From 2013: @sarahdateechinghuman on The Life Cycle of a Teechur (Part 2)

For those of you who were at my #edscape session, will be at one of my #puwt sessions, or just checked out my archives online, you may be familiar with my “Life Cycle of a Teechur” slide. I just had an “aha” moment in the car, building on that. I probably shouldn’t blog in the car, but let’s just say I’m “at a red light.” 
 
Growing Up to Become a Teechur, in order to Grow Up (A How-To Guide).

Step One: Grow up.

Be a kid, but not just any kid. Be the kind of kid who overanalyzes everything. Start practicing early, so that you can master this skill and drive everyone around you crazy. The sooner, the better.

Start questioning basic facts of life. Like, why can’t kids vote for president? Why is there a Mothers’ Day and a Fathers’ Day, but not a Kids’ Day? I mean, don’t we matter? This must be a grown-up conspiracy against kids. Kids’ Rights, Right Now!!! Fight for the right to potty!!!

Vow that when you grow up, you will continue the struggle for Kids’ Rights. You’re sick of teachers yelling at you, and constantly correcting you…they don’t treat each other like that. You will treat every kid as a person, not like some little…thing. Like a caterpillar. Even though caterpillars are kinda cool.

Step Two: Become a teechur.

Congratulations! You made it through childhood and puberty, even though you were a second-class citizen, having to deal with age discrimination and the like. Now that you’re 22 and officially an adult, it’s time to start working for the cause by infiltrating the other side…as a teacher.

Time to start changing some minds! Since you’re an adult now, these other adults have to listen to you. That’s how it works, right? After all, you are still young enough that you can relate to the kids, so everyone should be happy that you’re here. It’s like having the other team’s playbook, but everybody wins. This will be great, viva la revolucion!

Wait, what? Why is nobody taking you seriously? Just because you’re new doesn’t mean you don’t have good ideas. Wait a minute, is this deja vu?

Rookie Rights, Right Now!

Step Three: What da???

Whew, that was close. You almost didn’t make it through that last one. A lot of your fellow rookies bailed when they saw that teaching wasn’t what they thought it would be. But not you. You’re tenacious. Good for you.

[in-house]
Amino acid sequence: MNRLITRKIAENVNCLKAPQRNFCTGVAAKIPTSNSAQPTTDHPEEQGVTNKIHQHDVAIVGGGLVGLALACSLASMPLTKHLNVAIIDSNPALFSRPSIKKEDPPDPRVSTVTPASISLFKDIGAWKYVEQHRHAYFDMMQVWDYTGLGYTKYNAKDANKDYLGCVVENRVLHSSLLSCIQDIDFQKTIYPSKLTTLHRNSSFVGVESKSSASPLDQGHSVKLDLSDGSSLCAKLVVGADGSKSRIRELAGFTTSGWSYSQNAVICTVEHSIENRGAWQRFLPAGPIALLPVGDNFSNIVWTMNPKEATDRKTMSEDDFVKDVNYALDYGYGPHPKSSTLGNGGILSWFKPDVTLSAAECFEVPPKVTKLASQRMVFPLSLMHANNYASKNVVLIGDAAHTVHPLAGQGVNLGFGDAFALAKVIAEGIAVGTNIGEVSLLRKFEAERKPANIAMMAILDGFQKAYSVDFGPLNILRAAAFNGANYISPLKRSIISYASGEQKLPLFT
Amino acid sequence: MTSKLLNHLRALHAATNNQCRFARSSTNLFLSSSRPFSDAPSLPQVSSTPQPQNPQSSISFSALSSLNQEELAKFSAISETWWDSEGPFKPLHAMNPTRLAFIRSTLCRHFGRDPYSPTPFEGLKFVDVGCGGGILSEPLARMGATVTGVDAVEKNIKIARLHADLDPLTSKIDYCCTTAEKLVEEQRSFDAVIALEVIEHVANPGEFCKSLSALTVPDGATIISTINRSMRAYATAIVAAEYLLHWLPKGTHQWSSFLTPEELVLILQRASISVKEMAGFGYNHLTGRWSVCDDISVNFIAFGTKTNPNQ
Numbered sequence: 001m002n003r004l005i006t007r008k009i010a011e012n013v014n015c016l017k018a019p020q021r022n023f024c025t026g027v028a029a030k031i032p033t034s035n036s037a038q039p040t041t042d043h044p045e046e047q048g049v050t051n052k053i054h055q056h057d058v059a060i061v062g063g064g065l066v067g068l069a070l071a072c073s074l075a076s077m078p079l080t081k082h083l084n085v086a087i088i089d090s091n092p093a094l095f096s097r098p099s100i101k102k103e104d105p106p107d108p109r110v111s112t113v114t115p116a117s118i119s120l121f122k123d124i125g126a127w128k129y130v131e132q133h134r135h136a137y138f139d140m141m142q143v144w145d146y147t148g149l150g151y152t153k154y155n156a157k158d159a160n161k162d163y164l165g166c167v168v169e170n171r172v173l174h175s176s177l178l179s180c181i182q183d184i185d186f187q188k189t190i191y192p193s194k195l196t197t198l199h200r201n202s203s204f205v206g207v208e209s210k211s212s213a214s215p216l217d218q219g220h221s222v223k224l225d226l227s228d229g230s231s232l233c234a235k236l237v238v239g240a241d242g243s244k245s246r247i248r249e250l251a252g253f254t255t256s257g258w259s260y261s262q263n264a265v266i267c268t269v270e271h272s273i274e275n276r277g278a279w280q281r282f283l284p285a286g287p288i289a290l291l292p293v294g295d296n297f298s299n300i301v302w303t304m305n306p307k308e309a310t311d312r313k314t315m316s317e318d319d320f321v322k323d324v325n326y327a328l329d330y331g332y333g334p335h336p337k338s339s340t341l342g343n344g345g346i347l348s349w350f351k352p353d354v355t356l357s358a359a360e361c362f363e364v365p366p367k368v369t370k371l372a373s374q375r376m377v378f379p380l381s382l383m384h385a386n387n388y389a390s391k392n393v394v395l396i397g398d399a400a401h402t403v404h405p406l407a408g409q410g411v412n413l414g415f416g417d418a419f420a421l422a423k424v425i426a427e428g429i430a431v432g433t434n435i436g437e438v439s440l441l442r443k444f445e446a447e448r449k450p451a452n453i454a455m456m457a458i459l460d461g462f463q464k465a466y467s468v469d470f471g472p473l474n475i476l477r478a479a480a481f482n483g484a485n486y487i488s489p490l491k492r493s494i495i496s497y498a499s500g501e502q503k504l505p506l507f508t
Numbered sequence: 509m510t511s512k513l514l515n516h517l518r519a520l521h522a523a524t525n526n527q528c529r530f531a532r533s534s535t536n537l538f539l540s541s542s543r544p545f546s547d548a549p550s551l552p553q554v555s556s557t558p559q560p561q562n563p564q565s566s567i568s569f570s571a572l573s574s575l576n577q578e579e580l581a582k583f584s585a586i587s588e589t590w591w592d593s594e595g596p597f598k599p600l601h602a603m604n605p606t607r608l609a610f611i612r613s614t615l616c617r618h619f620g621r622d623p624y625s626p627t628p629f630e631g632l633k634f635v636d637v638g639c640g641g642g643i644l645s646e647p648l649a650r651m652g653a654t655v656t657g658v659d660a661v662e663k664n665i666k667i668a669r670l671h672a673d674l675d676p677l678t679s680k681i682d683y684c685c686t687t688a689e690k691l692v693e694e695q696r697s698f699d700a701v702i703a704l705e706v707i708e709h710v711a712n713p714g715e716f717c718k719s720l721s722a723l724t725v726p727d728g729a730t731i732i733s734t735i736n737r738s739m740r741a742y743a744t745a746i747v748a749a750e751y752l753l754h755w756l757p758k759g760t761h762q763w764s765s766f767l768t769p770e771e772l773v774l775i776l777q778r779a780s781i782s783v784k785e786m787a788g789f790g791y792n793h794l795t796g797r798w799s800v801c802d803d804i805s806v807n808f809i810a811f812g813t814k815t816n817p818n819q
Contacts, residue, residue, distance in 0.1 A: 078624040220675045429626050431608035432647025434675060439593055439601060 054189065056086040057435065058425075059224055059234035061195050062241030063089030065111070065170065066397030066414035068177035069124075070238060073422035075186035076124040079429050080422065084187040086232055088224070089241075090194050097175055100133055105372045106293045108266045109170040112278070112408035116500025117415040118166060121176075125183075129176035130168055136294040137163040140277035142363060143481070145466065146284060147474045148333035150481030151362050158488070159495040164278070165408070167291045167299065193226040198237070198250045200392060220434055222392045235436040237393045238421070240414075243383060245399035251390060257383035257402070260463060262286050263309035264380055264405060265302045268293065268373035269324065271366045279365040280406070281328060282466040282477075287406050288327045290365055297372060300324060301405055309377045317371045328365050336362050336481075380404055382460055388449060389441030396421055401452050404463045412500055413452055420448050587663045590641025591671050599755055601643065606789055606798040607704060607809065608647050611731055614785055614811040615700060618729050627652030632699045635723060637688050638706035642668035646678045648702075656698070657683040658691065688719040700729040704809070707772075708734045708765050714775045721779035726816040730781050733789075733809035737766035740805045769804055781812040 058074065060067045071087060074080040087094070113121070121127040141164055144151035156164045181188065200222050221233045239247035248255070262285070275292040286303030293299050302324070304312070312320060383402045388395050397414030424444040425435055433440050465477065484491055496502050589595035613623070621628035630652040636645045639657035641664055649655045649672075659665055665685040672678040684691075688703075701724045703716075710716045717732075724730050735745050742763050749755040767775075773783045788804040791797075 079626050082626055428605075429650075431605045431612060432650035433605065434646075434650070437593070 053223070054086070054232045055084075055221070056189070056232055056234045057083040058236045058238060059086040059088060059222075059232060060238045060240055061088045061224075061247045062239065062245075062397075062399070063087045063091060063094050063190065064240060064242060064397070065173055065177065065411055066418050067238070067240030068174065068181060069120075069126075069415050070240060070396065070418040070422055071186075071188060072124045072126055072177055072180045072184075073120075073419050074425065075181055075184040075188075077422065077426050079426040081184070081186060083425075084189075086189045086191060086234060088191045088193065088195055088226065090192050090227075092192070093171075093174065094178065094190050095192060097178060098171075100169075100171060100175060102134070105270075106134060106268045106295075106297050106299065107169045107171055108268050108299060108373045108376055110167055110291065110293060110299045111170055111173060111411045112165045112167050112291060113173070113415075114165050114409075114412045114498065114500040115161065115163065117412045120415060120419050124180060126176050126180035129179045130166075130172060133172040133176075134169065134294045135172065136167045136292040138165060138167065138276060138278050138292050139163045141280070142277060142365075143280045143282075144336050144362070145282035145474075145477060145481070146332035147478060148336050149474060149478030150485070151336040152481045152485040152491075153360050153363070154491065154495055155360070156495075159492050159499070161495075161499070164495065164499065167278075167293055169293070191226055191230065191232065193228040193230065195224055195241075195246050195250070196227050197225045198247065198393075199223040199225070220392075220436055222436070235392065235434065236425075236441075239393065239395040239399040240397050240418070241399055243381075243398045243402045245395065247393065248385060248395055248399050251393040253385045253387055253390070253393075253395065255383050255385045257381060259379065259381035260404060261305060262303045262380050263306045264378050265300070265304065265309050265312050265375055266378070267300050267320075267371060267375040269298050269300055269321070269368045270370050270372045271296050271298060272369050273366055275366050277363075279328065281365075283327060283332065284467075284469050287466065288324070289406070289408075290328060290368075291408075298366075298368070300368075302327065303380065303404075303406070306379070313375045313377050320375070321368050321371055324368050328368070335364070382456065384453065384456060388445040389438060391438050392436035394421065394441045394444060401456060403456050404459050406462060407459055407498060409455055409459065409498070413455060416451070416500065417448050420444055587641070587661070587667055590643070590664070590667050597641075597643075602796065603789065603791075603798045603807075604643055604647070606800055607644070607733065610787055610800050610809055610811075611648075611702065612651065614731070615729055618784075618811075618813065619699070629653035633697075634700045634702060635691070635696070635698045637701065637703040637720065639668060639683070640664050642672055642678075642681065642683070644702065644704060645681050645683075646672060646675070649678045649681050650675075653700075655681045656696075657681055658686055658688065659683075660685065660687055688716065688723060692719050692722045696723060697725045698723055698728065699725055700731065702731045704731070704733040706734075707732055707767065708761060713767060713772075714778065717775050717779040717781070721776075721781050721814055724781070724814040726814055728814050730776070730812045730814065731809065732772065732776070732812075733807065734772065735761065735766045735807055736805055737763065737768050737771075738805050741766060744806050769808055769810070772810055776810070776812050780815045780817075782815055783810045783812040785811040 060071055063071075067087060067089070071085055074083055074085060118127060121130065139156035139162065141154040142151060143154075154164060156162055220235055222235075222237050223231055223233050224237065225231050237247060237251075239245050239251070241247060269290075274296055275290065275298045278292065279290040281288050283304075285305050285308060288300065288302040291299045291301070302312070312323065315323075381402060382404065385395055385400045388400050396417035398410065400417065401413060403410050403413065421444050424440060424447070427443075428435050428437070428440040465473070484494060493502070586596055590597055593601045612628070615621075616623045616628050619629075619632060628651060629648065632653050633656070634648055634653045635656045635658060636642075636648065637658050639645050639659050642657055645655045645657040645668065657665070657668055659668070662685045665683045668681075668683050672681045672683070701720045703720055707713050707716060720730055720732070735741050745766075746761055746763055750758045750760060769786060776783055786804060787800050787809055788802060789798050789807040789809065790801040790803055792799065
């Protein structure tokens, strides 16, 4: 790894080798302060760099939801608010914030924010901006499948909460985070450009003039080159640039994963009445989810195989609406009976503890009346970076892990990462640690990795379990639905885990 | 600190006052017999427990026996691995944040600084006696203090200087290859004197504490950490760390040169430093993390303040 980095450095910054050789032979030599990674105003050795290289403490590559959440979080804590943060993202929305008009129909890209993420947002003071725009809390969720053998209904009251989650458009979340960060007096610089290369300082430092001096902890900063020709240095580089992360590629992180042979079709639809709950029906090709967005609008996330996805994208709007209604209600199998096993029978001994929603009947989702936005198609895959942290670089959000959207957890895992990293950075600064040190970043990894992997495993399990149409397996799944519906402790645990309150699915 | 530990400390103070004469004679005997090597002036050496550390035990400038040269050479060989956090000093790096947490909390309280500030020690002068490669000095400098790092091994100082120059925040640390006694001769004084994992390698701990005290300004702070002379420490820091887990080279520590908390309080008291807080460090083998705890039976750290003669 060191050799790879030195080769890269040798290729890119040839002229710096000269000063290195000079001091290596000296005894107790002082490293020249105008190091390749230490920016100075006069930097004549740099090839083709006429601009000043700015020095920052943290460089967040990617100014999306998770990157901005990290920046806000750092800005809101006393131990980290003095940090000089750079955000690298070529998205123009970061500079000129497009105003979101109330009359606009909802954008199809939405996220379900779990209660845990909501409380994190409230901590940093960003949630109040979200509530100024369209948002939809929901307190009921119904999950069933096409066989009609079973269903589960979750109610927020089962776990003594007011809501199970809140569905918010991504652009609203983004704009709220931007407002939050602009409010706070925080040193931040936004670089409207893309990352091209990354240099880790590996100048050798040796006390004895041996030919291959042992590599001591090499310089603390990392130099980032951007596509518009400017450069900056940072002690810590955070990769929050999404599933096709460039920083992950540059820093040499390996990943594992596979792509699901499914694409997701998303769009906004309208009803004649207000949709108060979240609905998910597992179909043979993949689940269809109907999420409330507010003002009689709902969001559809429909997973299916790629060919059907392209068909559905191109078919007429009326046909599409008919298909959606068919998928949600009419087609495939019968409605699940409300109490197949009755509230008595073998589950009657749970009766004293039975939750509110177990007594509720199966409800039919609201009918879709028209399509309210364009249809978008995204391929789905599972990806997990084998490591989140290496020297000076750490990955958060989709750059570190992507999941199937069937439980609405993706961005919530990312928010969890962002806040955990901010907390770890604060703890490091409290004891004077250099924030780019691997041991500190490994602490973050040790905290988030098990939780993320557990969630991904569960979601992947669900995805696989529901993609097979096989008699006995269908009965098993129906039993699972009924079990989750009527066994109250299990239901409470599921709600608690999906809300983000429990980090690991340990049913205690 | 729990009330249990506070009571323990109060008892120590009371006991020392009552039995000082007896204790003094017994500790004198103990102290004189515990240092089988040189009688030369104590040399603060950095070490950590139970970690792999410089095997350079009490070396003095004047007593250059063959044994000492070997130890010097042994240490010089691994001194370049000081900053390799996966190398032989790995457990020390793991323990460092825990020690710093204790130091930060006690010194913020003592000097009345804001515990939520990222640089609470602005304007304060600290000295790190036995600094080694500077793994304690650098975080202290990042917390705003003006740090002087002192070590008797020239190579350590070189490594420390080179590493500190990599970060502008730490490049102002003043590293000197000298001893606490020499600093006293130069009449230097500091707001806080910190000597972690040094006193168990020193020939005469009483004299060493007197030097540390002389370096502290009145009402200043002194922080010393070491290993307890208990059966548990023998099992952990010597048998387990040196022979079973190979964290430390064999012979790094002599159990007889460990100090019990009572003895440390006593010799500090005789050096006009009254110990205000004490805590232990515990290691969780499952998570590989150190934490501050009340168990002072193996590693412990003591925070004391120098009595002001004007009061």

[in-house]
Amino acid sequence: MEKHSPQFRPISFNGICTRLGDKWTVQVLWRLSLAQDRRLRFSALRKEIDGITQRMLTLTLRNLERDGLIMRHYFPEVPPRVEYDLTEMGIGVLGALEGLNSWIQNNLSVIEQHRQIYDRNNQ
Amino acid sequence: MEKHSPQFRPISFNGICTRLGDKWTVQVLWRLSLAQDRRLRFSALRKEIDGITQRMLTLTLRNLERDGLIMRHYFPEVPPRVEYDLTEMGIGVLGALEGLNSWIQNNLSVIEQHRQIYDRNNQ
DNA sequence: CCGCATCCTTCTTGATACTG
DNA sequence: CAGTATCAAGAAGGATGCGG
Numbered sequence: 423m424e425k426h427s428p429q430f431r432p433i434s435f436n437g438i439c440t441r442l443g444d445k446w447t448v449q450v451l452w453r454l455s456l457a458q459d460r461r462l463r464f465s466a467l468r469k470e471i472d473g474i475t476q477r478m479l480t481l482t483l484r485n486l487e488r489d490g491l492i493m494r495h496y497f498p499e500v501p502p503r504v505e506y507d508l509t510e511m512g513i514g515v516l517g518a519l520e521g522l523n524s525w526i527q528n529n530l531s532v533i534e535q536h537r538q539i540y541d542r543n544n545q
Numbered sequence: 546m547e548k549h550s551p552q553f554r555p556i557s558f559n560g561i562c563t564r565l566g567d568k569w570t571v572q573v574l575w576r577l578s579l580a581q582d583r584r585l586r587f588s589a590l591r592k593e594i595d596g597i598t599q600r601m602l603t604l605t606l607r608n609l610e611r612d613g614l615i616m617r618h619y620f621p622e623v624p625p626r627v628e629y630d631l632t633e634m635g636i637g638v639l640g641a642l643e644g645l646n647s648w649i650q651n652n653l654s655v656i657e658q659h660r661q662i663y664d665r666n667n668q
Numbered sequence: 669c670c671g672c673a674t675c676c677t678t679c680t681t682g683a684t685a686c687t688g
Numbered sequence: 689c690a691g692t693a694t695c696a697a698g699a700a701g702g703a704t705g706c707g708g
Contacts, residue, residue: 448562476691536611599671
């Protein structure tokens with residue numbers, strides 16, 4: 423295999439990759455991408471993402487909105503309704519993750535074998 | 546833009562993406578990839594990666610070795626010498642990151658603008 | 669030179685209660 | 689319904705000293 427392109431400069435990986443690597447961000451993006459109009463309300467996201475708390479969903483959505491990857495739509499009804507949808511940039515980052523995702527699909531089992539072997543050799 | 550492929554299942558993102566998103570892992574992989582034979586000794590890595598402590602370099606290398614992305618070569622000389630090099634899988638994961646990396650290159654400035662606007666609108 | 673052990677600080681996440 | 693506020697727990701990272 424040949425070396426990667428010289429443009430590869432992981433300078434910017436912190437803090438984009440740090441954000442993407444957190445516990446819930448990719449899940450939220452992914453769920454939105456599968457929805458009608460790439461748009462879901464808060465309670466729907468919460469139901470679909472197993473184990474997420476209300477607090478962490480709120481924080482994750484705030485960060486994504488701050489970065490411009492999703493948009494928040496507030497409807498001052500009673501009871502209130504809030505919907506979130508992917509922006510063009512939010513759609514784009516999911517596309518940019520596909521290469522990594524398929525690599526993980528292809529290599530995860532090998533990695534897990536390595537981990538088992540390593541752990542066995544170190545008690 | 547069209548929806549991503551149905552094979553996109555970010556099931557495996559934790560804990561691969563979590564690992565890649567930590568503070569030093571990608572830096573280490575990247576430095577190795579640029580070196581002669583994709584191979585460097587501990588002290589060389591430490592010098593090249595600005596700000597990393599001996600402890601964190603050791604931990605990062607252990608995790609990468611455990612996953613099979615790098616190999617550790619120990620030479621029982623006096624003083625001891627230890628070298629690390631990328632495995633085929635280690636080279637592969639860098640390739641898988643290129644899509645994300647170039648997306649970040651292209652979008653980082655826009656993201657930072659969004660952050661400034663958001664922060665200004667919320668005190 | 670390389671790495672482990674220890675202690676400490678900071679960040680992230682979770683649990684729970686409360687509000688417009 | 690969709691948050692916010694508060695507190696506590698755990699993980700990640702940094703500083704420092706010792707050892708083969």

So here you are, in the classroom. Fully supporting your Kids’ Rights platform. You treat them the way you’d want to be treated, as a human being with valuable contributions and input. You want to be the opposite of some of those adults they have to deal with. So you always have a smile. You ask for their input. You try to never raise your voice. You let them know that they matter. This is great stuff, and plus, all the experts agree with you.

You don’t want to discipline your students, because you remember what it’s like to be embarrassed by your teachers. You give them rewards all the time, even for mediocre work, because hey, at least they tried. Gotta build the self-esteem, right? You try to avoid calling mom and dad, because they cry and it kills you to see them so upset.

Everyone chews you up and spits you out, you frigging softie.

Step Four: More growth.

A few years pass, and you realize that maybe you had a few things wrong. You’ve realized that it is your responsibility to help raise these children, being that you are with them for more waking hours than their parents.

You start viewing them as your extended sons and daughters, and think back to how your parents raised you. When you asked for Kids’ Day, who gave it to you? They did. So even when you thought the rest of the world was against you, Mom and Dad still had your back.

On the flip side, remember all the bad stuff you used to do as a kid, and you got punished? Yeah, you may have been upset at the time, but you see now how those punishments probably saved you from being some kind of societal miscreant now. You actually turned out okay. (A few years later, you tear up a little while writing a blog post.)

So, you redefine your teaching philosophy. You decide to keep all of the good things you’re doing, but decide to stick to your guns and grow a backbone. You finally understand what it meant when the loving adults in your life would discipline you and say, “this hurts me more than it hurts you.”

Also like your parents, you realize that, along with the discipline, kids need love and support. You tell them (and show them) how important they are, charging them with doing the same for each other.

In the classroom, you keep some rewards, but not all. You recognize quality work, AS WELL AS serious effort. When kids turn in some garbage, you don’t accept it and ask them do it over. You realize that when teachers did this to you, it wasn’t to be a jerk, it was to make you better. You suddenly want to go back and thank them.

When you apply your new attitude to your classroom, you notice a gradual change. Before you know it, your reputation has changed from pushover to seasoned teacher. Excuse me, teechur.

You are still an advocate for Kids’ Rights, though.

Step Five: Never stop growing.

Everything you’ve learned about dealing with kids, you apply to humans in general. You realize once again, as you did when you were a child, that adults and kids aren’t that different. Adults also sometimes make mistakes that need to be addressed. You should know, you make mistakes all the time…and you love it when your kids show you the right way.


Originally published at sarahdateechur.blogspot.com on July 20, 2018.